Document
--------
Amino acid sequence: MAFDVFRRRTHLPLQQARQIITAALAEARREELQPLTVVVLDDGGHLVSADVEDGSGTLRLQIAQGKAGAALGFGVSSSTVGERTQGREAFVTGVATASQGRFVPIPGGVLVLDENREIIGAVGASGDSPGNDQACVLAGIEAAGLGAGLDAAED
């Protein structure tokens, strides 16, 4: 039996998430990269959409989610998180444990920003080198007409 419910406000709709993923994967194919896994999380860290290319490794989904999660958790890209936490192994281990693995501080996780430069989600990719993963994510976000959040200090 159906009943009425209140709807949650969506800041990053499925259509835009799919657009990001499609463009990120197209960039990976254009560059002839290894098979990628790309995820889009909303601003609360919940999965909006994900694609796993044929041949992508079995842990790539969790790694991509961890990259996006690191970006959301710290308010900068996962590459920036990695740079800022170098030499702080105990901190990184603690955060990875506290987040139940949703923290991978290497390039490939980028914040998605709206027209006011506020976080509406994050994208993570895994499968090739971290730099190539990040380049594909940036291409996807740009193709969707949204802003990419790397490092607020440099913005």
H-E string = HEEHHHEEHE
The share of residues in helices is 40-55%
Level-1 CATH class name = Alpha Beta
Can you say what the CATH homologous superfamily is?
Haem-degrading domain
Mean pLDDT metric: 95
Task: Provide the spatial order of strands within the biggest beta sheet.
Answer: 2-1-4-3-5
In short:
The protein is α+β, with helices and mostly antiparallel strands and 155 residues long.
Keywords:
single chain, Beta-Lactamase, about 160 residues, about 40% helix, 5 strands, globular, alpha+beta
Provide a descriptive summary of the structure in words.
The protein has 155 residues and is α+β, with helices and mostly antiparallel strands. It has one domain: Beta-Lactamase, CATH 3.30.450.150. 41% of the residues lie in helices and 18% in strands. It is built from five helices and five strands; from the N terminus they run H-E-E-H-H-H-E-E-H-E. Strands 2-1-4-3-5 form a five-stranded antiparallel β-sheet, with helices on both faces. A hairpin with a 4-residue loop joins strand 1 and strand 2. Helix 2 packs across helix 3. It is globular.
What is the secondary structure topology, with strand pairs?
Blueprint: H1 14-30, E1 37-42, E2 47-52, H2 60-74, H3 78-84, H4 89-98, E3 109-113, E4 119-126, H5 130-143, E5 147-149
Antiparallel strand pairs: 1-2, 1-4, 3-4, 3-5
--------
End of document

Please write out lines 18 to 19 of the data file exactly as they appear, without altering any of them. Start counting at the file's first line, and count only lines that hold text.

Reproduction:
Blueprint: H1 14-30, E1 37-42, E2 47-52, H2 60-74, H3 78-84, H4 89-98, E3 109-113, E4 119-126, H5 130-143, E5 147-149
Antiparallel strand pairs: 1-2, 1-4, 3-4, 3-5